|Publication number||US7963170 B2|
|Application number||US 12/684,559|
|Publication date||Jun 21, 2011|
|Filing date||Jan 8, 2010|
|Priority date||Jul 9, 2007|
|Also published as||CN101730838A, EP2165170A1, EP2165170B1, US20100180686, WO2009006938A1|
|Publication number||12684559, 684559, US 7963170 B2, US 7963170B2, US-B2-7963170, US7963170 B2, US7963170B2|
|Inventors||Axel Kramer, Frank Kassubek, Klaus Bohnert, Hubert Braendle|
|Original Assignee||Abb Research Ltd|
|Export Citation||BiBTeX, EndNote, RefMan|
|Patent Citations (9), Non-Patent Citations (6), Referenced by (2), Classifications (8), Legal Events (2)|
|External Links: USPTO, USPTO Assignment, Espacenet|
This application claims priority as a continuation application under 35 U.S.C. §120 to PCT/EP2007/056969 filed as an International Application on Jul. 9, 2007 designating the U.S., the entire content of which is hereby incorporated by reference in its entirety.
The present application pertains to the field of pressure sensing based on pressure induced changes, for example, in birefringence of transparent bodies.
There are numerous ways to measure pressure by optical means: Fabry Perot and Fibre-Bragg gratings technologies, Raman Scattering, Brillouin scattering, membrane integrated waveguides, mechanical resonant oscillators, evanescent field coupling or photonic crystals. The technology includes use of birefringence induced by inhomogeneous stress distributions for the measurement of pressure.
The use of birefringence for estimating stress distribution is called “photoelasticity”. It was developed at the beginning of last century and is well established. For example, thin plates of glass or plastic are exposed to external forces and the stress distribution inside the plates can be determined from the fringe pattern created by transmitted polarized light with help of a perpendicular polarization filter. Details of this method can be found, e.g., in the textbook of Föppl and Mönch (L. Föppl, E. Mönch, Praktische Spannungsoptik, Springer, Berlin 1972), the disclosure of which is hereby incorporated by reference in its entirety.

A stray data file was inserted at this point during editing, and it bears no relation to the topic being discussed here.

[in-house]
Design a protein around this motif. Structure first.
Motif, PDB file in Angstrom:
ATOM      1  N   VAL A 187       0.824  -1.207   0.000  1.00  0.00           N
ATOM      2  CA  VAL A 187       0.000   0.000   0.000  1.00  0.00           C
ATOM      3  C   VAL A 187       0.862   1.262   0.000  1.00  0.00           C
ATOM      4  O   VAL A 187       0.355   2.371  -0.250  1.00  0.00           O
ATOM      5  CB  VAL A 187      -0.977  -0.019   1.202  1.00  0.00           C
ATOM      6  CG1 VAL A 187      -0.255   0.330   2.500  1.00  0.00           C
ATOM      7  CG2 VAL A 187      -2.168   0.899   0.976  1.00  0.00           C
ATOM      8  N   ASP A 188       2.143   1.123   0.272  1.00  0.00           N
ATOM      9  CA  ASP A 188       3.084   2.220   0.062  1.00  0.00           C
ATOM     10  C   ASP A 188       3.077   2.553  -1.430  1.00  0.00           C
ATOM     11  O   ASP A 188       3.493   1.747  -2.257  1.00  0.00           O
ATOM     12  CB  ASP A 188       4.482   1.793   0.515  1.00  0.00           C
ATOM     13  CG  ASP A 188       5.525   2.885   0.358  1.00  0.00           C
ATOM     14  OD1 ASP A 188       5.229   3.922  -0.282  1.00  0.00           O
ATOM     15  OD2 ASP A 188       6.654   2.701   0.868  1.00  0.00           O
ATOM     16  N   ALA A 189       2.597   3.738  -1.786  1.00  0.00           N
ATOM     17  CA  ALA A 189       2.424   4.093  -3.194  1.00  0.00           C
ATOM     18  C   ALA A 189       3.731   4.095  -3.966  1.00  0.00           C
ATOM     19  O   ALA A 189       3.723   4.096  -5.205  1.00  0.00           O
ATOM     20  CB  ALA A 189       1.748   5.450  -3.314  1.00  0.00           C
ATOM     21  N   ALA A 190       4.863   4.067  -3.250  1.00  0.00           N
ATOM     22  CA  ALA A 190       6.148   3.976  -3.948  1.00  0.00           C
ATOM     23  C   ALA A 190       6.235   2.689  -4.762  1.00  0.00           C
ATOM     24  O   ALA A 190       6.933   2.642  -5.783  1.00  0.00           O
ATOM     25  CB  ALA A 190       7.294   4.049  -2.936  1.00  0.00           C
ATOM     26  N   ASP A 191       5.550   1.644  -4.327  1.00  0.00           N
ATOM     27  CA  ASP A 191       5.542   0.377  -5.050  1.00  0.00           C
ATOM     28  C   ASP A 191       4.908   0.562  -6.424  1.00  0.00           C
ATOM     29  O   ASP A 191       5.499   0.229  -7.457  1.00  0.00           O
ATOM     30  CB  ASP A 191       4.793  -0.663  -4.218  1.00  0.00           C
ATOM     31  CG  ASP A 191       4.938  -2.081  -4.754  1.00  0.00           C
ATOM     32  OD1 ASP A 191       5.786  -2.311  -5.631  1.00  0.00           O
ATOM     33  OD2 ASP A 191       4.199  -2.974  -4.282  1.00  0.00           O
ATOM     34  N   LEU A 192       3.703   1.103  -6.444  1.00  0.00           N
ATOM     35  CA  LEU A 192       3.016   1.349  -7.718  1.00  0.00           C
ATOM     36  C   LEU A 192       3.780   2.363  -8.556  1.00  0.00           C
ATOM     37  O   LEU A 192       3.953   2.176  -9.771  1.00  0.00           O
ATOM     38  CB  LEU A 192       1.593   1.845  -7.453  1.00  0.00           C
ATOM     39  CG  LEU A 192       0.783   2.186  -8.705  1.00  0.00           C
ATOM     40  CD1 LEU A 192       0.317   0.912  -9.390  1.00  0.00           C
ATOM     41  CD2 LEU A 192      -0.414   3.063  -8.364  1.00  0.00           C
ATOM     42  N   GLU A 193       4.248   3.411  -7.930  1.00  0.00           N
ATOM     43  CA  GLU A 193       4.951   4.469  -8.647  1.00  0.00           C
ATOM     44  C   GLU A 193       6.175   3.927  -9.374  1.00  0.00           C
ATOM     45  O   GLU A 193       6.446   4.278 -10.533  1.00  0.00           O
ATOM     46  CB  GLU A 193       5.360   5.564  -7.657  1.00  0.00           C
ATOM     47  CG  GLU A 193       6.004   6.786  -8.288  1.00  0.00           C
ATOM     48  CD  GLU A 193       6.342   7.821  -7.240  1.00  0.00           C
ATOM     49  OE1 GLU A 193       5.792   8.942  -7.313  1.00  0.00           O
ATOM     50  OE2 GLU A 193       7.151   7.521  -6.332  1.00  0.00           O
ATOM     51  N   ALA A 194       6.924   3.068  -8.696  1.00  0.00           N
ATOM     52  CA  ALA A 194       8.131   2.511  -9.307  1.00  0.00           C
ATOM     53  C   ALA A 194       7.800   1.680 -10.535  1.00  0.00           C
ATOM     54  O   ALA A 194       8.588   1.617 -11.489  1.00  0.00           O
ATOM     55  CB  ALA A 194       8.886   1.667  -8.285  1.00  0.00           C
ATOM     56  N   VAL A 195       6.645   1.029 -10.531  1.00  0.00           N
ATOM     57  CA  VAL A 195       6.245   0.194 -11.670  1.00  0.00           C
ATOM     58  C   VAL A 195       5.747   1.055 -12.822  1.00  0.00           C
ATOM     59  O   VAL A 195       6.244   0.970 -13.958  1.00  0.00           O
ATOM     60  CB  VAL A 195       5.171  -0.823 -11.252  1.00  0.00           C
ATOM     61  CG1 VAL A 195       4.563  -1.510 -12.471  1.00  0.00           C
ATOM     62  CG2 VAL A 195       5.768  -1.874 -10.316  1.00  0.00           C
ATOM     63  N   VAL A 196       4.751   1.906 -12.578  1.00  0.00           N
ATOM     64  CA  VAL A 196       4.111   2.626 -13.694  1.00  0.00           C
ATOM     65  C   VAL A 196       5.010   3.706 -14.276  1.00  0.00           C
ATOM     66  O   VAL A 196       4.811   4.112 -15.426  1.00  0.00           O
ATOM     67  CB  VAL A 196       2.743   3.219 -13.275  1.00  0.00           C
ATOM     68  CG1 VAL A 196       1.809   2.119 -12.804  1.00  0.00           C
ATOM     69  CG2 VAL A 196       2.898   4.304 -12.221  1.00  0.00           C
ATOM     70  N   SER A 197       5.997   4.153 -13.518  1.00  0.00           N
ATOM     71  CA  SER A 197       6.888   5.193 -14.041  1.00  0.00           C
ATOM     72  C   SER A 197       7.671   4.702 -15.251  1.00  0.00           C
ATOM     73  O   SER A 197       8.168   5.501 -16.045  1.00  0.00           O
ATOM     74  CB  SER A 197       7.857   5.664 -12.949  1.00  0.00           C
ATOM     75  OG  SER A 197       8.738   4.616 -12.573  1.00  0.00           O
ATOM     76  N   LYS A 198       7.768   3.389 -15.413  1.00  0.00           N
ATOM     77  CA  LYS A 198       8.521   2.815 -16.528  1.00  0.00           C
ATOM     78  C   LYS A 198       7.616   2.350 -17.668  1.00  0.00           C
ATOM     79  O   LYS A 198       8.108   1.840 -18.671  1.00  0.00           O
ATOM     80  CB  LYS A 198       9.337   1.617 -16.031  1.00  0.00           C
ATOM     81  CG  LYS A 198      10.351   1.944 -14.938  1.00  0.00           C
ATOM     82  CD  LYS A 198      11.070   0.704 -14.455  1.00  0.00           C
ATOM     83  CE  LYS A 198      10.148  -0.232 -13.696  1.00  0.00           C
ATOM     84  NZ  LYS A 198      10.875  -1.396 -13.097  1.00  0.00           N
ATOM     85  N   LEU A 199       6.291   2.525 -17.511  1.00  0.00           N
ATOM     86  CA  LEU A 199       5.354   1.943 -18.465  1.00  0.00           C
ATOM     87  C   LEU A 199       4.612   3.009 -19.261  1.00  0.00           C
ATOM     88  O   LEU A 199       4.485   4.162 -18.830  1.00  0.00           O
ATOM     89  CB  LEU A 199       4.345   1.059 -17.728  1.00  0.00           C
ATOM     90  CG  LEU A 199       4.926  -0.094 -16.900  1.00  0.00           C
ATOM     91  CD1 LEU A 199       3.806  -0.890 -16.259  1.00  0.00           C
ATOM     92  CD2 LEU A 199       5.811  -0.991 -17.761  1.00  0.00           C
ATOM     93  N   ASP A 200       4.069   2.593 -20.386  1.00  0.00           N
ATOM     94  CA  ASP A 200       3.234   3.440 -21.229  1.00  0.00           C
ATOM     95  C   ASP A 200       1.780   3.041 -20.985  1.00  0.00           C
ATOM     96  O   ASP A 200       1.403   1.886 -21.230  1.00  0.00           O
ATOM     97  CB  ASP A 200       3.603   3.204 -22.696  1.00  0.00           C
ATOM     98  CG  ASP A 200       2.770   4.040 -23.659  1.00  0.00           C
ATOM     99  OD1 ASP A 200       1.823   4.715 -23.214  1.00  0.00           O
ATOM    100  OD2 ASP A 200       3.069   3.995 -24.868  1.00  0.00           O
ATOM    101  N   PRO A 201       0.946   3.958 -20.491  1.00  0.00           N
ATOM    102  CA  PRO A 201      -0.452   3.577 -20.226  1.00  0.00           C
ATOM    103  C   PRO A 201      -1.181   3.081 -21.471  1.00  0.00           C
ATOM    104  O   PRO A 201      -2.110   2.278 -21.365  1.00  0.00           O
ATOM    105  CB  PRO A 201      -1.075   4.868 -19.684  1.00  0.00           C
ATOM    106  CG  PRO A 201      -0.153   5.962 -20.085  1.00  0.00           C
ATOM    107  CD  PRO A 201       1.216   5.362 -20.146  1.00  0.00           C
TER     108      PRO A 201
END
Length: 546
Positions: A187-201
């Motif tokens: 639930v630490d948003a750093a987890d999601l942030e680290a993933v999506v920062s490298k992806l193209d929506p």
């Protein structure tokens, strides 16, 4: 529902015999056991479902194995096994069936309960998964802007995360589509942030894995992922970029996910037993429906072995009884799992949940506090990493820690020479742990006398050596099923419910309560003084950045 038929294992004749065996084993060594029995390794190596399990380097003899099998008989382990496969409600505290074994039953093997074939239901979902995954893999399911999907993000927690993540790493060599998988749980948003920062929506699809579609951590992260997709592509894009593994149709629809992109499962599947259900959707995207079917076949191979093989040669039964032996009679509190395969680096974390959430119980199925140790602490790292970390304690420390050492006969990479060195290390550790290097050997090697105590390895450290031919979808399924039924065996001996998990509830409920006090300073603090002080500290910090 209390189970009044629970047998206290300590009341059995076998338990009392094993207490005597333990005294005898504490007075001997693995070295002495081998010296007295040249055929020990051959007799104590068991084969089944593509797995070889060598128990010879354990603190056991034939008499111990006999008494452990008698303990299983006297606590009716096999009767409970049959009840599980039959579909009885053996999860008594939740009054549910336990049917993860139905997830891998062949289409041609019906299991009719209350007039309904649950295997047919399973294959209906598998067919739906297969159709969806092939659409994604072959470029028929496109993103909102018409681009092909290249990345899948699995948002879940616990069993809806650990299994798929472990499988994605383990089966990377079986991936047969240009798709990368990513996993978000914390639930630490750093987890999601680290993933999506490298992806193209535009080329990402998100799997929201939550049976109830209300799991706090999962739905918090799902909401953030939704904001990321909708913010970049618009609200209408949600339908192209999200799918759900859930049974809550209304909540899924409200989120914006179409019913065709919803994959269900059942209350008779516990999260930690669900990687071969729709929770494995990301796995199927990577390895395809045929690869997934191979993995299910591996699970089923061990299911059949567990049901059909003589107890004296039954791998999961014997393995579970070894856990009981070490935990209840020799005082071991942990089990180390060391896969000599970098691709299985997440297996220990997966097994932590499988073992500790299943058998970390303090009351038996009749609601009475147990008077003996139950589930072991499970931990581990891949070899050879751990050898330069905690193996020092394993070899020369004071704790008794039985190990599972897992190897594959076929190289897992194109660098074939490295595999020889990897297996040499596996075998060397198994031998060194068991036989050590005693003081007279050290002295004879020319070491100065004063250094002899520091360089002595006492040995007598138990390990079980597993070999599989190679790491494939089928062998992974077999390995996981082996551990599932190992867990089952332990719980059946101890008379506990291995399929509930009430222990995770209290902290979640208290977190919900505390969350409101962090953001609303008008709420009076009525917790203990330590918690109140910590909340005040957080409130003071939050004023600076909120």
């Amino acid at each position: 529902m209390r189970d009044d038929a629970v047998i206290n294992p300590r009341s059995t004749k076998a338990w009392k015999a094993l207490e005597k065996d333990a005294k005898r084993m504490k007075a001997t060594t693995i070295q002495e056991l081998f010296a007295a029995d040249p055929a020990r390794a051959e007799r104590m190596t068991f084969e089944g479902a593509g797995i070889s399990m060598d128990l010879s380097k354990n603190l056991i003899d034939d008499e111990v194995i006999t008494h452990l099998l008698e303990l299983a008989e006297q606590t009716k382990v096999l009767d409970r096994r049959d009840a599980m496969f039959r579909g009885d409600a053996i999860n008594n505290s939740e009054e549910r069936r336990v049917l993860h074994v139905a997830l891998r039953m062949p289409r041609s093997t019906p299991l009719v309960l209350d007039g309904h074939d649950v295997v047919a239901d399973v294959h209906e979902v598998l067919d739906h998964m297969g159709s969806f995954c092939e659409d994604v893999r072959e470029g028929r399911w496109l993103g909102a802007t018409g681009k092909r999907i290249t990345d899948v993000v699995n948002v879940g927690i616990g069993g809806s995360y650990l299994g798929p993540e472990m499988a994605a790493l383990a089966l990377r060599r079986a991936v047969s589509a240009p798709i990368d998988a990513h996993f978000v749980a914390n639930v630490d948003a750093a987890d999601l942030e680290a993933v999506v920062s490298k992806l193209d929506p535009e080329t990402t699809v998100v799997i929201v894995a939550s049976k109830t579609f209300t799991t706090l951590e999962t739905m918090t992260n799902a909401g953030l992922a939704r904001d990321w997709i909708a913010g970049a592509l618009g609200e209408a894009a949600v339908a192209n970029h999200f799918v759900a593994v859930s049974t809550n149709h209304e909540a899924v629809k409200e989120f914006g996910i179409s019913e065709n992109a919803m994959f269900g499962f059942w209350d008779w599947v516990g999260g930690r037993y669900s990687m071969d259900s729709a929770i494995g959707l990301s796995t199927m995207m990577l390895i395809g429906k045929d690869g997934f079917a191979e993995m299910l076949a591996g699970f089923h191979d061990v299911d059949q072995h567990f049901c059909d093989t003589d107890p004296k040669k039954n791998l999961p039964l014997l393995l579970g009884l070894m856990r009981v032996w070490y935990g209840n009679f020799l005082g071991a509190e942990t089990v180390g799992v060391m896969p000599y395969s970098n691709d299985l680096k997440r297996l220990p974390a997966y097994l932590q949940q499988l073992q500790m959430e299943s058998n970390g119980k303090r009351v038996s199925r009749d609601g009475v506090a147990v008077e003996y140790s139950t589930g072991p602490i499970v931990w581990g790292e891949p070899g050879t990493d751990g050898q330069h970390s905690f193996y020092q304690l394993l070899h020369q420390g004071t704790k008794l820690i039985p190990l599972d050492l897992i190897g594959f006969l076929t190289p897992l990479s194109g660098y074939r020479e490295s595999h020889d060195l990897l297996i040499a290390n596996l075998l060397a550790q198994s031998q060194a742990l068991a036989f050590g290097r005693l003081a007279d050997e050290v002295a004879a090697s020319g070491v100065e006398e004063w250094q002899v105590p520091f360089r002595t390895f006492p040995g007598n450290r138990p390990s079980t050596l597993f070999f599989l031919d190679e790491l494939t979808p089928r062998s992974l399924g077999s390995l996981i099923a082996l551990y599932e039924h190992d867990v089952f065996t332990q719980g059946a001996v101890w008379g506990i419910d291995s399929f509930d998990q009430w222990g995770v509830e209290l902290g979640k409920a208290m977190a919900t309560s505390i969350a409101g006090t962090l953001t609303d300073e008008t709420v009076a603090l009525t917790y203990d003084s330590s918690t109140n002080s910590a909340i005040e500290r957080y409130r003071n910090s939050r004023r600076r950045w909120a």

The use of the birefringence effect in structured fibres with fibre core for measuring pressure was known at least in mid 1980. More detailed studies have followed more than a decade later. The geometry and temperature dependence of the effect, stability with respect to environmental influences and ageing and detection setups have been investigated.
The temperature sensitivity of inherent birefringence is at least an order of magnitude greater than that of pressure dependent birefringence, and so there can be considerable advantage in minimizing an inherent temperature component or contribution to birefringence. If two lengths of fiber are made identical and the fibres are rotated 90° relative to one another about their longitudinal axis at the joint or splice, as taught by Dakin and Wade (J. P. Dakin and C. Wade, “Compensated polarimetric sensor using polarisation-maintaining fibre in a differential configuration”, Electron. Lett., Vol. 20, No. 1, pp. 51-53, 1984), then the inherent birefringence in the two parts is identical, and if the two parts are subject to the same pressure conditions also the pressure dependent birefringence cancels. So, if the two pieces of fibre core with a cladding are identically sensitive to pressure, a useful signal will be obtained if the two pieces of fibre experience different pressures. This is the approach taught by Dakin and Wade. By this kind of setup, one may minimise the temperature dependence of the measured pressure-induced phase shift.